Tuesday, November 26, 2013

Review - The Maxx Maxximized #1

"What the heck...little hands?"

Way, way back in the day, when Image Comics was a nascent publisher representing the tide of anti-establishment within the industry, there was a book released called The Maxx. It was an interesting book, primarily because it's main character was so fascinating. Fast forward twenty years to a day when comics are beyond hip and IDW feels that some readers may have missed out on meeting the character initially. They've taken it upon themselves to release The Maxx Maxximized #1, a remastered retelling of the classic 1990s comic. The issue is written by Sam Kieth and William Messner-Loebs, illustrated by Kieth, additional inks by Jim Sinclair, colors by Ronda Pattison and letters by Mike Heisler.

If you read The Maxx before, then not much has changed. In fact, this is just the original first issue remastered. The Maxx lives in two worlds: the real world and the Outback, an alternate reality. In the real world, The Maxx is a homeless vagrant living in a box who is often bailed out of jail by social worker Julie Winters. In the Outback, he is the protector of the Leopard Queen, who happens to look a lot like Julie. Julie isn't aware of the Outback, content to drift in and out of The Maxx's life when appropriate. That time is now, with Mr. Gone abducting women for nefarious purposes.

If it worked twenty years ago, then surely it must work now. And the truth is, the first issue story by Kieth and Messner-Loebs still holds up. The transitions between reality and the Outback are just as jarring for the reader as they are for The Maxx and the existential fear is still pervasive throughout. As a character, The Maxx is actually one of the most docile physical wreckers you'll ever encounter, evoking comparisons to Tarzan somewhat in terms of his relative simple view of life. He wants to protect those who need it and doesn't really think twice about the consequences. His relationship with Julie is necessary to keep him in touch with reality; an irony in that Julie is the Leopard Queen in the Outback.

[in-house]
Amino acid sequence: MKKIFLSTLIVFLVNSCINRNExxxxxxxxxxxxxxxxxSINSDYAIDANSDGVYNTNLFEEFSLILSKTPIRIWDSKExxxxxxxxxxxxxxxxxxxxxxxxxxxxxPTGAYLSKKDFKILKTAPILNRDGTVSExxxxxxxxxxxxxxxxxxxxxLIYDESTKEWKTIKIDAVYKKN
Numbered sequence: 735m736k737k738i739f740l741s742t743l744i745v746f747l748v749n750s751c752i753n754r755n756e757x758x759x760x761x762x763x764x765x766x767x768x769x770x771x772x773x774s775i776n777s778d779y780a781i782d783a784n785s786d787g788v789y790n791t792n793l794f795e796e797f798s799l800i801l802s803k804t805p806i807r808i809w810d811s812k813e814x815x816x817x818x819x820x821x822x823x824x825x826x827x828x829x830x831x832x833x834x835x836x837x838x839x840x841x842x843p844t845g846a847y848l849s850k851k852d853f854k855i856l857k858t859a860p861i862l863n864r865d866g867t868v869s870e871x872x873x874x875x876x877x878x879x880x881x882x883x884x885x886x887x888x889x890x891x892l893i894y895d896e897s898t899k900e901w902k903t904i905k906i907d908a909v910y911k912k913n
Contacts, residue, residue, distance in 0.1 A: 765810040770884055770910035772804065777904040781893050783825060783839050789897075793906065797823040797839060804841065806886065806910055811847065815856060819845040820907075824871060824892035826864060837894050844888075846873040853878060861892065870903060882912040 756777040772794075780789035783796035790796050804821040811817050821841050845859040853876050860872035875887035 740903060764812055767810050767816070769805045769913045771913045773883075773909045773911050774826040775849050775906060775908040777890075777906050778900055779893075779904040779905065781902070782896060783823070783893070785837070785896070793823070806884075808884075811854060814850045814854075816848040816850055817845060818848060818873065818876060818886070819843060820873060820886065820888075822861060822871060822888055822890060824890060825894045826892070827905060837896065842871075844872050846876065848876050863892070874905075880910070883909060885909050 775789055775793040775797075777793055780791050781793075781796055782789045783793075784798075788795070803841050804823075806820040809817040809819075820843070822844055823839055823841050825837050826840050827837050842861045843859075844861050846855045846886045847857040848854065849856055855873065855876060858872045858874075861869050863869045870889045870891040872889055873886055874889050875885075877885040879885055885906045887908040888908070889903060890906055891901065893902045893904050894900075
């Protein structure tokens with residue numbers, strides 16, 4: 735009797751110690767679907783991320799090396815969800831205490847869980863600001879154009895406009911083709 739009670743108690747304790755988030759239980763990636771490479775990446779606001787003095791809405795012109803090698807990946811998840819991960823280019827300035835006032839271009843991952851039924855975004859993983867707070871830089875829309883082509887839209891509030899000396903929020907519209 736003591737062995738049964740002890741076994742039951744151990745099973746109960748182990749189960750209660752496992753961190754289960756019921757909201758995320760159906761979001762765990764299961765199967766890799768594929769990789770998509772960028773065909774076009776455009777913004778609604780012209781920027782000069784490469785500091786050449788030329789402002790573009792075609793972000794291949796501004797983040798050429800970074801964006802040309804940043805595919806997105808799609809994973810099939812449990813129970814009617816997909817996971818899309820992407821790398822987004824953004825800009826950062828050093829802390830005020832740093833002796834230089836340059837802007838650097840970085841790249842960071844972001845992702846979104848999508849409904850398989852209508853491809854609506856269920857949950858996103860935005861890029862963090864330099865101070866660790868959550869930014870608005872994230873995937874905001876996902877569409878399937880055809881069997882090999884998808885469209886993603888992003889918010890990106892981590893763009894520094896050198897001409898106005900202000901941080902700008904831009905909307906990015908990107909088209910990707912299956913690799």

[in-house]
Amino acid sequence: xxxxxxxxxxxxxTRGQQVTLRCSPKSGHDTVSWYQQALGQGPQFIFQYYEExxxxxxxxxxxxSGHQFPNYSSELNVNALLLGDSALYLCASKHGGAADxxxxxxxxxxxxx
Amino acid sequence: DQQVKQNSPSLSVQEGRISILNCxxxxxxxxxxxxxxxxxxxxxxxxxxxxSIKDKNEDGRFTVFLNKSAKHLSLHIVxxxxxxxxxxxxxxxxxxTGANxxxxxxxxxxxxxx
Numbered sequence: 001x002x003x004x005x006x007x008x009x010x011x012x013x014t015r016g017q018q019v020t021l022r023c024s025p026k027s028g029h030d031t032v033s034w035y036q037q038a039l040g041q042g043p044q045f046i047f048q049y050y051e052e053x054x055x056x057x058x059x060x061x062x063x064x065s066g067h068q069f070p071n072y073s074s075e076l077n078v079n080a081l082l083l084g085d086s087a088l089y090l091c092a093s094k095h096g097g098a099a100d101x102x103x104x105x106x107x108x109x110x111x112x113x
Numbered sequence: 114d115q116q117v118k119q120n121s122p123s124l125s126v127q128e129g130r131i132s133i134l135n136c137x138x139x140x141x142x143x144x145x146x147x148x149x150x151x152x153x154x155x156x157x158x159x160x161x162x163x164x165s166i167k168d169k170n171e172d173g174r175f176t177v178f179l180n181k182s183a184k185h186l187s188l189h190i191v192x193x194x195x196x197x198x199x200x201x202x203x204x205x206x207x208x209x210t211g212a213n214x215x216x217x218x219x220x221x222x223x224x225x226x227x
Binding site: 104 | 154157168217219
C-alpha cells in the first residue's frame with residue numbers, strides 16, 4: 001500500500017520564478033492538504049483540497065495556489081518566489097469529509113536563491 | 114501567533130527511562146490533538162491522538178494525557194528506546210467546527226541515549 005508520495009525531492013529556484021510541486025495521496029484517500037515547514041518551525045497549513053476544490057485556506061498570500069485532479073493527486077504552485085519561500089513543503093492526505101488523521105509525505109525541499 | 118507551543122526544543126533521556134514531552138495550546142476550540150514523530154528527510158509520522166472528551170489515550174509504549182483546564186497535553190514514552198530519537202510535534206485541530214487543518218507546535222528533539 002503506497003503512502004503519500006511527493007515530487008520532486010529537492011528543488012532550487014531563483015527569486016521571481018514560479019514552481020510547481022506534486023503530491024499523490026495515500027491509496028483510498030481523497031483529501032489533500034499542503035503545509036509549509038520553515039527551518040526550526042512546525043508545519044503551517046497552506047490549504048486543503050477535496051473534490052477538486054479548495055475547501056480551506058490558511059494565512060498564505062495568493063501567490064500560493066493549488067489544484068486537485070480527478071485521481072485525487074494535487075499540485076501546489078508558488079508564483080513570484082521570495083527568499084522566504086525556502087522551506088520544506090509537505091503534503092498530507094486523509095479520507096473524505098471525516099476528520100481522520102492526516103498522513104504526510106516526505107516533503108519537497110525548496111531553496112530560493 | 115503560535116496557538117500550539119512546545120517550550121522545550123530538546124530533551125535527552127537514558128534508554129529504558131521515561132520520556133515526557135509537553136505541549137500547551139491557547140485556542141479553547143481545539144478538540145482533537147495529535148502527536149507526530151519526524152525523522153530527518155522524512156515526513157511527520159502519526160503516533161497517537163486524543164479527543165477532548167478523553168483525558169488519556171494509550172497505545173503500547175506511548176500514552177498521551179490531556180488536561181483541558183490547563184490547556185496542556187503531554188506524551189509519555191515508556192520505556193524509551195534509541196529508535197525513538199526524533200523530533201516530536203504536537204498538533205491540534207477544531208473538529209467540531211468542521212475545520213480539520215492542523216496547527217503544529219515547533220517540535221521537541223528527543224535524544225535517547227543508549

The big draw in The Maxx Maxximized #1 is the remastered art and boy, does it look swell. Kieth and Sinclair went back and rescanned each page at higher resolutions prior to being joined by Pattison to meticulously recolor the new and improved files. The result is a book that looks phenomenal. The ominous darkness is still evident by the color tones chosen and both The Maxx and Julie stand out as beautiful renderings of their previously displayed appearances. Despite the recoloring, the book still maintains a grassroots graffiti look, keeping with the tone of the streets that The Maxx prowls. Panel layouts are very bold, with Kieth eschewing the traditional format for a wide variety of layouts that almost seem to mirror The Maxx's fractured mental state.

Fans of The Maxx when it first debuted in 1993 will feel a good bit of nostalgia as they read through The Maxx Maxximized #1. New readers will quickly become fans as well, considering there's a lot to like about the remastered take by IDW. The story is very out there--yet in a positive way--and The Maxx is an interesting character to follow. There's a sense of the unknown in what exactly Mr. Gone is and his ties to Julie and The Maxx, so stay tuned for subsequent issues. In the meantime, be pretty happy that The Maxx is back and has returned looking better than ever. Take that 1990s!

The Maxx Maxximized #1 is available in stores November 27 with interiors below.


  1. excellent comic. nice to see people still paying attention to it.